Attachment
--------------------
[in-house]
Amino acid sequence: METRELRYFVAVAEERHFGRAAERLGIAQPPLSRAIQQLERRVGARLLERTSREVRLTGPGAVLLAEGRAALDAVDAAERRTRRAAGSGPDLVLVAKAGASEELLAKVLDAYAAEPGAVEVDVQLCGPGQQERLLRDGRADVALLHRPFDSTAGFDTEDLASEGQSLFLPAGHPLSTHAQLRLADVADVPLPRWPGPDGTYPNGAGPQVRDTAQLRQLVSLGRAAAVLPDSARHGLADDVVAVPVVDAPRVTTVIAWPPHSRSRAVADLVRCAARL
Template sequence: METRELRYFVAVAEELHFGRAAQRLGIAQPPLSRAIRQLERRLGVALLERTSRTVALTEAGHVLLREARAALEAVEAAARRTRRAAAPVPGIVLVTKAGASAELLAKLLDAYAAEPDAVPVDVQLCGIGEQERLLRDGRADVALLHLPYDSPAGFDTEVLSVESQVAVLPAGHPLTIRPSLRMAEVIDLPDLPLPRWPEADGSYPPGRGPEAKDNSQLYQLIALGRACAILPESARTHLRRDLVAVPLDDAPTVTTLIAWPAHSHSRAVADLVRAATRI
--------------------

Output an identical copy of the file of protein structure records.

[in-house]
Amino acid sequence: METRELRYFVAVAEERHFGRAAERLGIAQPPLSRAIQQLERRVGARLLERTSREVRLTGPGAVLLAEGRAALDAVDAAERRTRRAAGSGPDLVLVAKAGASEELLAKVLDAYAAEPGAVEVDVQLCGPGQQERLLRDGRADVALLHRPFDSTAGFDTEDLASEGQSLFLPAGHPLSTHAQLRLADVADVPLPRWPGPDGTYPNGAGPQVRDTAQLRQLVSLGRAAAVLPDSARHGLADDVVAVPVVDAPRVTTVIAWPPHSRSRAVADLVRCAARL
Template sequence: METRELRYFVAVAEELHFGRAAQRLGIAQPPLSRAIRQLERRLGVALLERTSRTVALTEAGHVLLREARAALEAVEAAARRTRRAAAPVPGIVLVTKAGASAELLAKLLDAYAAEPDAVPVDVQLCGIGEQERLLRDGRADVALLHLPYDSPAGFDTEVLSVESQVAVLPAGHPLTIRPSLRMAEVIDLPDLPLPRWPEADGSYPPGRGPEAKDNSQLYQLIALGRACAILPESARTHLRRDLVAVPLDDAPTVTTLIAWPAHSHSRAVADLVRAATRI